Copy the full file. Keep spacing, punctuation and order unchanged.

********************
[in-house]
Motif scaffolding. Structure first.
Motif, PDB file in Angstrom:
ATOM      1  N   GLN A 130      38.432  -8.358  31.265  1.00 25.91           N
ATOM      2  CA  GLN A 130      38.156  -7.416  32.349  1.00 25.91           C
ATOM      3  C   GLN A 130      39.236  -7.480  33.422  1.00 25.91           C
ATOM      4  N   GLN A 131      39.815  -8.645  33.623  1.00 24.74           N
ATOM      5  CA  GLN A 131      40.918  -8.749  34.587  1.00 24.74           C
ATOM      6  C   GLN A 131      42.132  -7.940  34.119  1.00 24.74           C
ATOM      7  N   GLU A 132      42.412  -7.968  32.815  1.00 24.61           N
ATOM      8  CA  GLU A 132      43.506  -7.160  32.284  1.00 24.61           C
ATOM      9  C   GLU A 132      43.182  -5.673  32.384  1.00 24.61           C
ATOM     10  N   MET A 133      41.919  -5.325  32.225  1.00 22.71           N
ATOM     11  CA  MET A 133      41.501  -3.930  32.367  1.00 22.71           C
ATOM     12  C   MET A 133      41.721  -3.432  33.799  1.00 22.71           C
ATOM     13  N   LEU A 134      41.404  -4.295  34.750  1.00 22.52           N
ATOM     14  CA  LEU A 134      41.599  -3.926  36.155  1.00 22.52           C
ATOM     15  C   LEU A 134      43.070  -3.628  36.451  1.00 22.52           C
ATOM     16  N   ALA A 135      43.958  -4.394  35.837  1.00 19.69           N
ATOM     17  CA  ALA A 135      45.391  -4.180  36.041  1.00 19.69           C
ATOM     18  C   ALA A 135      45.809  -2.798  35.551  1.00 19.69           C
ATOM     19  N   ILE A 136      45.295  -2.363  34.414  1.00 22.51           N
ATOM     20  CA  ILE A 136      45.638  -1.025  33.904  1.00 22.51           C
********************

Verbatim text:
[in-house]
Motif scaffolding. Structure first.
Motif, PDB file in Angstrom:
ATOM      1  N   GLN A 130      38.432  -8.358  31.265  1.00 25.91           N
ATOM      2  CA  GLN A 130      38.156  -7.416  32.349  1.00 25.91           C
ATOM      3  C   GLN A 130      39.236  -7.480  33.422  1.00 25.91           C
ATOM      4  N   GLN A 131      39.815  -8.645  33.623  1.00 24.74           N
ATOM      5  CA  GLN A 131      40.918  -8.749  34.587  1.00 24.74           C
ATOM      6  C   GLN A 131      42.132  -7.940  34.119  1.00 24.74           C
ATOM      7  N   GLU A 132      42.412  -7.968  32.815  1.00 24.61           N
ATOM      8  CA  GLU A 132      43.506  -7.160  32.284  1.00 24.61           C
ATOM      9  C   GLU A 132      43.182  -5.673  32.384  1.00 24.61           C
ATOM     10  N   MET A 133      41.919  -5.325  32.225  1.00 22.71           N
ATOM     11  CA  MET A 133      41.501  -3.930  32.367  1.00 22.71           C
ATOM     12  C   MET A 133      41.721  -3.432  33.799  1.00 22.71           C
ATOM     13  N   LEU A 134      41.404  -4.295  34.750  1.00 22.52           N
ATOM     14  CA  LEU A 134      41.599  -3.926  36.155  1.00 22.52           C
ATOM     15  C   LEU A 134      43.070  -3.628  36.451  1.00 22.52           C
ATOM     16  N   ALA A 135      43.958  -4.394  35.837  1.00 19.69           N
ATOM     17  CA  ALA A 135      45.391  -4.180  36.041  1.00 19.69           C
ATOM     18  C   ALA A 135      45.809  -2.798  35.551  1.00 19.69           C
ATOM     19  N   ILE A 136      45.295  -2.363  34.414  1.00 22.51           N
ATOM     20  CA  ILE A 136      45.638  -1.025  33.904  1.00 22.51           C